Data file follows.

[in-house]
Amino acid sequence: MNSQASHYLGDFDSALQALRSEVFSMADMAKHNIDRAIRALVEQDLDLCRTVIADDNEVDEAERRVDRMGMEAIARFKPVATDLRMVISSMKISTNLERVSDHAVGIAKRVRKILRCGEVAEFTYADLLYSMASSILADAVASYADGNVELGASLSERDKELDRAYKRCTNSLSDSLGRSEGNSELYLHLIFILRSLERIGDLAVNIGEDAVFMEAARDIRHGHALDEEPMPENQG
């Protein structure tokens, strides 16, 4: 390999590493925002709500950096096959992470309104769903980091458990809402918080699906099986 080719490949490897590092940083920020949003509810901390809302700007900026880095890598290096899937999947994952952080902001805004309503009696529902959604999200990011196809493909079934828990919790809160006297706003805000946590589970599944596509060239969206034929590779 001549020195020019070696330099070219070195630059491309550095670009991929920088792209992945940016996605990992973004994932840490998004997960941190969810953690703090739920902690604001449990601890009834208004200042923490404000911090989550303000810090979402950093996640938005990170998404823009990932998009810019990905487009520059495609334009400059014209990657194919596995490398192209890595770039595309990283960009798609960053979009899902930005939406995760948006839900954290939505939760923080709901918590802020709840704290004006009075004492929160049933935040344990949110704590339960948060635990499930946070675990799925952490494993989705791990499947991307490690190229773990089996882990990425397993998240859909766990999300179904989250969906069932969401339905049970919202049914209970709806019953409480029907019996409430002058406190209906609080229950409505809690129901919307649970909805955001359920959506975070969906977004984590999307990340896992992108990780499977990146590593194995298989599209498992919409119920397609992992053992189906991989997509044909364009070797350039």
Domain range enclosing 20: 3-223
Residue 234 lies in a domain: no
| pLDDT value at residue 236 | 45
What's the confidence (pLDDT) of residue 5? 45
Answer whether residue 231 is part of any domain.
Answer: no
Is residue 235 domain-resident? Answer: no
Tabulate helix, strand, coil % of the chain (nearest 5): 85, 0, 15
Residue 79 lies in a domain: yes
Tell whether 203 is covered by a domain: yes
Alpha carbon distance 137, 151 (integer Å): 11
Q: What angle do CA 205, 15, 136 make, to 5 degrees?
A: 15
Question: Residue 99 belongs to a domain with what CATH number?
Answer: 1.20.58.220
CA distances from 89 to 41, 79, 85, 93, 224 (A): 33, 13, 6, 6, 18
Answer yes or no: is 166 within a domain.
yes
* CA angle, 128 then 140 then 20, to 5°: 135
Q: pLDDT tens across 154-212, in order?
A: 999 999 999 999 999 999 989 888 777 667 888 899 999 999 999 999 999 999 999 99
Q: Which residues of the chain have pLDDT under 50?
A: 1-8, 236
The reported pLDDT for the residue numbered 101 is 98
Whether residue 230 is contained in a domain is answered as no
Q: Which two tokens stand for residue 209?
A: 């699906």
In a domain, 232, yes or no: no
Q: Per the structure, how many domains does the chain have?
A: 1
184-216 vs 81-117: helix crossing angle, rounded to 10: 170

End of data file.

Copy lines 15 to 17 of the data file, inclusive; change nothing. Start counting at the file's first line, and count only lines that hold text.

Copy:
Q: What angle do CA 205, 15, 136 make, to 5 degrees?
A: 15
Question: Residue 99 belongs to a domain with what CATH number?